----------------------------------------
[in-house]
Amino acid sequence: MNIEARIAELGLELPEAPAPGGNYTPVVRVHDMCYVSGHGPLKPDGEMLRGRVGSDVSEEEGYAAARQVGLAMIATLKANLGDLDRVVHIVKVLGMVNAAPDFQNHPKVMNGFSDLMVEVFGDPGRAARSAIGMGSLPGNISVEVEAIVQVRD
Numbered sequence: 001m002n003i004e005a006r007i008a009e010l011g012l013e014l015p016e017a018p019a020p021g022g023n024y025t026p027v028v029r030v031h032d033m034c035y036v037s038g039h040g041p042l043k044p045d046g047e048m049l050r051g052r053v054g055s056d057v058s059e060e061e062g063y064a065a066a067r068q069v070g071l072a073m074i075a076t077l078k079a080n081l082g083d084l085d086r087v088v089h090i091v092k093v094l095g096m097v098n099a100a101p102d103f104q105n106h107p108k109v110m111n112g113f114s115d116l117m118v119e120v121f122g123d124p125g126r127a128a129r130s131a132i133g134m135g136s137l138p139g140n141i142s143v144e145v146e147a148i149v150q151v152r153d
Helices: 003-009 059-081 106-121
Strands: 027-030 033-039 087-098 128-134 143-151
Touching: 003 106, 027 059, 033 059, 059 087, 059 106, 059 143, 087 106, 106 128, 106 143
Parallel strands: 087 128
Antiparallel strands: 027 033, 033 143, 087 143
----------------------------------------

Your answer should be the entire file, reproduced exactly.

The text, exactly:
[in-house]
Amino acid sequence: MNIEARIAELGLELPEAPAPGGNYTPVVRVHDMCYVSGHGPLKPDGEMLRGRVGSDVSEEEGYAAARQVGLAMIATLKANLGDLDRVVHIVKVLGMVNAAPDFQNHPKVMNGFSDLMVEVFGDPGRAARSAIGMGSLPGNISVEVEAIVQVRD
Numbered sequence: 001m002n003i004e005a006r007i008a009e010l011g012l013e014l015p016e017a018p019a020p021g022g023n024y025t026p027v028v029r030v031h032d033m034c035y036v037s038g039h040g041p042l043k044p045d046g047e048m049l050r051g052r053v054g055s056d057v058s059e060e061e062g063y064a065a066a067r068q069v070g071l072a073m074i075a076t077l078k079a080n081l082g083d084l085d086r087v088v089h090i091v092k093v094l095g096m097v098n099a100a101p102d103f104q105n106h107p108k109v110m111n112g113f114s115d116l117m118v119e120v121f122g123d124p125g126r127a128a129r130s131a132i133g134m135g136s137l138p139g140n141i142s143v144e145v146e147a148i149v150q151v152r153d
Helices: 003-009 059-081 106-121
Strands: 027-030 033-039 087-098 128-134 143-151
Touching: 003 106, 027 059, 033 059, 059 087, 059 106, 059 143, 087 106, 106 128, 106 143
Parallel strands: 087 128
Antiparallel strands: 027 033, 033 143, 087 143